It was a dark and stormy comic

Dear Internet,
TheHusband recently said to me:

Not only are you one of the most ambitious people I know, but you’re also one of the laziest.

Here’s an example of that statement:
Within the last year or so, I’ve suddenly got a huge lady boner for comics. Having dipped in and out of the various comics (web and print) & graphic novels on and off for years in a variety of formats, as well as knowing a few comic books artists, this is not really that surprising I should have such a huge interest in them. What’s surprising is that the re-sparking of this passion came fairly heavy in my late ’30s and with a fervor of lust usually reserved for my love of chocolate and writing instruments.

Grand Rapids has roughly six comic book stores, of which I’ve been to five. In three of the five, I was pretty much ignored, with or without TheHusband with me, but definitely more so when I was the one doing the buying not TheHusband.  The ignoring was often only broken by the sound of my credit card being swiped in the machine or the monosyllabic comic blocking by the store employees when I asked if they had name of comic/graphic novel/membership/subscription fees/pull list services.  Two of the stores were willing to create pull lists for me but the more established of those two has ignored my repeated attempts to establish this membership1 nor have they returned phone calls when I tried to follow up. Only one store in the area, Argos Bookshop was willing to work with me on getting my titles, doing backorders, and basically being awesome.2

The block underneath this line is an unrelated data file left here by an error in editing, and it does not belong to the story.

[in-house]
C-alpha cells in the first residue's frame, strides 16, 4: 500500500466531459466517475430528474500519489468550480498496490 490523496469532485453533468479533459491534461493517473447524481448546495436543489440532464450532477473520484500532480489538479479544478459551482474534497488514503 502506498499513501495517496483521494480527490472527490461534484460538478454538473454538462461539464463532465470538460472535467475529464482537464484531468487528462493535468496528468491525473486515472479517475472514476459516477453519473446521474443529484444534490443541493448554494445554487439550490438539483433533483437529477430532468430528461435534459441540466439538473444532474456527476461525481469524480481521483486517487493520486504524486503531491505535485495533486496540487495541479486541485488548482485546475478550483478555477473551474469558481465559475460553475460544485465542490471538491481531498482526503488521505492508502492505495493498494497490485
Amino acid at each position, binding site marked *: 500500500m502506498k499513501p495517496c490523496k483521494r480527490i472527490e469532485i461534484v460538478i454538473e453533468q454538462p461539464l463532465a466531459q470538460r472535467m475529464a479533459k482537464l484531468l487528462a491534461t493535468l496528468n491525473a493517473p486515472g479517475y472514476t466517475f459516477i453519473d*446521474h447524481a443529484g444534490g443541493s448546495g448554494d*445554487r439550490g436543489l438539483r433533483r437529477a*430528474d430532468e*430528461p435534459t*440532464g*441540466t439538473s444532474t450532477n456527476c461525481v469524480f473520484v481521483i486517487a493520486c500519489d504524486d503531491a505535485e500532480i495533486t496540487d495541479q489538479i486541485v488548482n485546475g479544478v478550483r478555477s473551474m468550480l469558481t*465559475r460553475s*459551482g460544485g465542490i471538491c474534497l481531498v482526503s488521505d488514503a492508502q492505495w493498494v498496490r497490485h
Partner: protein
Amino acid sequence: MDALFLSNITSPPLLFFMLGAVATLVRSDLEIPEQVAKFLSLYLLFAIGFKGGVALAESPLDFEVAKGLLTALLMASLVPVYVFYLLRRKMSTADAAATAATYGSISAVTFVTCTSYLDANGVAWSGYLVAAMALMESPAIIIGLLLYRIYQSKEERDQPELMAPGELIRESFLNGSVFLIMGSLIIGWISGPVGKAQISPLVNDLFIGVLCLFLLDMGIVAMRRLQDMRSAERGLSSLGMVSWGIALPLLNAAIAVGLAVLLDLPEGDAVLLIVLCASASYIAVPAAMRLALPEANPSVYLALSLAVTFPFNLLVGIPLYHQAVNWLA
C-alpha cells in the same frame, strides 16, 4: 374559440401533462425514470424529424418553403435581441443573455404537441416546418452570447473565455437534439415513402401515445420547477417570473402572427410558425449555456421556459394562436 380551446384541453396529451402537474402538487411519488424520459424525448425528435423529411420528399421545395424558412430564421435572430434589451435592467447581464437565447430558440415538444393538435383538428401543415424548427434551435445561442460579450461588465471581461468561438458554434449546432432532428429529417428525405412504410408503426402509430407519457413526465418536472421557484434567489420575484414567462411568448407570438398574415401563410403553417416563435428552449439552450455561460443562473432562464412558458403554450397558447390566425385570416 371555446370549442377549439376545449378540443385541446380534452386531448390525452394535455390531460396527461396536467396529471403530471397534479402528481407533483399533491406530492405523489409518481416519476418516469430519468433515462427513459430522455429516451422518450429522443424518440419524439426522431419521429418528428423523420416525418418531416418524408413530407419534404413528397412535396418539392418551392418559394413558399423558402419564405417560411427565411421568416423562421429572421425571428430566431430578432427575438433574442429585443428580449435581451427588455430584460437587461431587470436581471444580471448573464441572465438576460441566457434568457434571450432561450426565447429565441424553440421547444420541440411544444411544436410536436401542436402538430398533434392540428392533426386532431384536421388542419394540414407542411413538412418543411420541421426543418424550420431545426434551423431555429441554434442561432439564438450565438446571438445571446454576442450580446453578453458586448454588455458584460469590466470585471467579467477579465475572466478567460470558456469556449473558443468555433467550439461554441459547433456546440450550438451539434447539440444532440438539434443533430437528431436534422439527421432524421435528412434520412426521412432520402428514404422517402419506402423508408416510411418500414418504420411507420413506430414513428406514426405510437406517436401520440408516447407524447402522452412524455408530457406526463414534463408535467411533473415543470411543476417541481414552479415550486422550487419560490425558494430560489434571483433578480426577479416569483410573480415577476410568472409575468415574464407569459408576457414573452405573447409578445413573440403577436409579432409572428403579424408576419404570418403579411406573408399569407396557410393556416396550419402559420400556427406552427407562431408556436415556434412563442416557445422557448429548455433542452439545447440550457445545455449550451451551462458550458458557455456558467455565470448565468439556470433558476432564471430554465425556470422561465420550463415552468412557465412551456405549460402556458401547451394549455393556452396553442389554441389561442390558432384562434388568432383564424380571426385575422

One comic store out of five treated me like a human being and did not (seemingly) discriminate based upon my gender or sex.
I started talking to people I knew, male and female, about comics, their reading habits, and what they wanted. What was interesting is that not only did some of my female friends feel like they were treated less then humanely in some of these stores (or anywhere that was male dominated established culture), but even some of my male friends who are comic readers also were less then enthusiastic about shopping in some of these stores because they too were ignored because they didn’t fit the subculture.
Within a few weeks of this data collection, I was able to identify a lot of pros and cons about comic book retailing in Grand Rapids, but not only that, I had established ways to make it better. I even took research one step further and on my con going trips by attending panels on women and comics, business and comics, and so on. TheHusband and I started using our data, along with ideas to create a business plan that had the following qualities:

  • Female friendly
  • Aesthetically pleasing3
    • Includes user-friendly shopping experience
  • Programming and community involvement
  • Walkable location/centrally located
  • Merchandise expanded beyond comics/graphic novels/manga

We felt that none of the local stores offered anything remotely close to the above and with that in mind, we looked at creating something that would fill an obvious niche.4
Ultimately, as is most projects I get involved with, even though it’s been universally agreed this is a brilliant and doable idea, it will (more then likely) not come to fruition.
And it’s not really about time, money, and interest because two of the three are easily obtainable the the third I can work on obtaining. But somewhere along the way, this project like so many others gets more then fully researched and eventually gets put on the back burner never to see the light of day.